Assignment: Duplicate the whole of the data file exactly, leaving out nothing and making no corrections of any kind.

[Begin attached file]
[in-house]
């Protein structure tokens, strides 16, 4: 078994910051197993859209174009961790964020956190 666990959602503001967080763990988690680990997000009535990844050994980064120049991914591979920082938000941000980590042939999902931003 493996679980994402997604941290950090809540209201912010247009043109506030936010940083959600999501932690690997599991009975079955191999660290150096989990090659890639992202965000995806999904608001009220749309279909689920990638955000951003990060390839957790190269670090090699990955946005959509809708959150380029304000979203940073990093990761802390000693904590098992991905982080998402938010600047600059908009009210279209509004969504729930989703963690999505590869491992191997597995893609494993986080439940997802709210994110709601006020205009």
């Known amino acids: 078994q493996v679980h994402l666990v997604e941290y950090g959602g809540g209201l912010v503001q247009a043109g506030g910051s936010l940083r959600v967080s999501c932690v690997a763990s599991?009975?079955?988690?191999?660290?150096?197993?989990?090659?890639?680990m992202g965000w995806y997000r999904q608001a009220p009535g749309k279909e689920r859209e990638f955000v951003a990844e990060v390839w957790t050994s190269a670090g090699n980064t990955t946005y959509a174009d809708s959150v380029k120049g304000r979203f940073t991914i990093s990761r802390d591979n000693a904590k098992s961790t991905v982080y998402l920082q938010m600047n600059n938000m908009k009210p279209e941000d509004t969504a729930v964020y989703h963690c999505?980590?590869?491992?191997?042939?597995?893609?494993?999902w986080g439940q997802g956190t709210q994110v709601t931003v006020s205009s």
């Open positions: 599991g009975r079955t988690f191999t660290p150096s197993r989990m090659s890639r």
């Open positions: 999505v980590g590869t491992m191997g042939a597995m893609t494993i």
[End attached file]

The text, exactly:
[in-house]
């Protein structure tokens, strides 16, 4: 078994910051197993859209174009961790964020956190 666990959602503001967080763990988690680990997000009535990844050994980064120049991914591979920082938000941000980590042939999902931003 493996679980994402997604941290950090809540209201912010247009043109506030936010940083959600999501932690690997599991009975079955191999660290150096989990090659890639992202965000995806999904608001009220749309279909689920990638955000951003990060390839957790190269670090090699990955946005959509809708959150380029304000979203940073990093990761802390000693904590098992991905982080998402938010600047600059908009009210279209509004969504729930989703963690999505590869491992191997597995893609494993986080439940997802709210994110709601006020205009």
């Known amino acids: 078994q493996v679980h994402l666990v997604e941290y950090g959602g809540g209201l912010v503001q247009a043109g506030g910051s936010l940083r959600v967080s999501c932690v690997a763990s599991?009975?079955?988690?191999?660290?150096?197993?989990?090659?890639?680990m992202g965000w995806y997000r999904q608001a009220p009535g749309k279909e689920r859209e990638f955000v951003a990844e990060v390839w957790t050994s190269a670090g090699n980064t990955t946005y959509a174009d809708s959150v380029k120049g304000r979203f940073t991914i990093s990761r802390d591979n000693a904590k098992s961790t991905v982080y998402l920082q938010m600047n600059n938000m908009k009210p279209e941000d509004t969504a729930v964020y989703h963690c999505?980590?590869?491992?191997?042939?597995?893609?494993?999902w986080g439940q997802g956190t709210q994110v709601t931003v006020s205009s």
């Open positions: 599991g009975r079955t988690f191999t660290p150096s197993r989990m090659s890639r």
């Open positions: 999505v980590g590869t491992m191997g042939a597995m893609t494993i």